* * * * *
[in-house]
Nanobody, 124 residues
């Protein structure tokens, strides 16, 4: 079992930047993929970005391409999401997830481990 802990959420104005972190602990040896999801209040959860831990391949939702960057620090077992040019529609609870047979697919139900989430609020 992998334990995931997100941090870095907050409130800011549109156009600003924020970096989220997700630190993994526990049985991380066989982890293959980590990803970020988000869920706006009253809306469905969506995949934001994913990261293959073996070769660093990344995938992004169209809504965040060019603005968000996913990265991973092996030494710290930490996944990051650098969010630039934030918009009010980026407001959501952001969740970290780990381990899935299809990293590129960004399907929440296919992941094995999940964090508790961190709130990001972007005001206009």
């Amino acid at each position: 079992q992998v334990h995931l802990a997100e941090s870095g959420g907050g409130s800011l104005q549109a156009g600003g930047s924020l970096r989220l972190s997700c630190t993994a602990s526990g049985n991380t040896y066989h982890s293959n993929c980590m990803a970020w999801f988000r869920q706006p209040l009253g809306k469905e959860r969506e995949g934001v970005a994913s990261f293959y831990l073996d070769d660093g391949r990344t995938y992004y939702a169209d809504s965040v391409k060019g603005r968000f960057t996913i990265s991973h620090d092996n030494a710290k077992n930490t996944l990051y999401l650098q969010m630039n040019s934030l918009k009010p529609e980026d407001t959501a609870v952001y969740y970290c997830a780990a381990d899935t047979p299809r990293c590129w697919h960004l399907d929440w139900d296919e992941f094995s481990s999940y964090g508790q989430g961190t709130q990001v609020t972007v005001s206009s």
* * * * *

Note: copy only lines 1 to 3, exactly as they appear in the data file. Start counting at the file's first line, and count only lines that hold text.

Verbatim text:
[in-house]
Nanobody, 124 residues
């Protein structure tokens, strides 16, 4: 079992930047993929970005391409999401997830481990 802990959420104005972190602990040896999801209040959860831990391949939702960057620090077992040019529609609870047979697919139900989430609020 992998334990995931997100941090870095907050409130800011549109156009600003924020970096989220997700630190993994526990049985991380066989982890293959980590990803970020988000869920706006009253809306469905969506995949934001994913990261293959073996070769660093990344995938992004169209809504965040060019603005968000996913990265991973092996030494710290930490996944990051650098969010630039934030918009009010980026407001959501952001969740970290780990381990899935299809990293590129960004399907929440296919992941094995999940964090508790961190709130990001972007005001206009």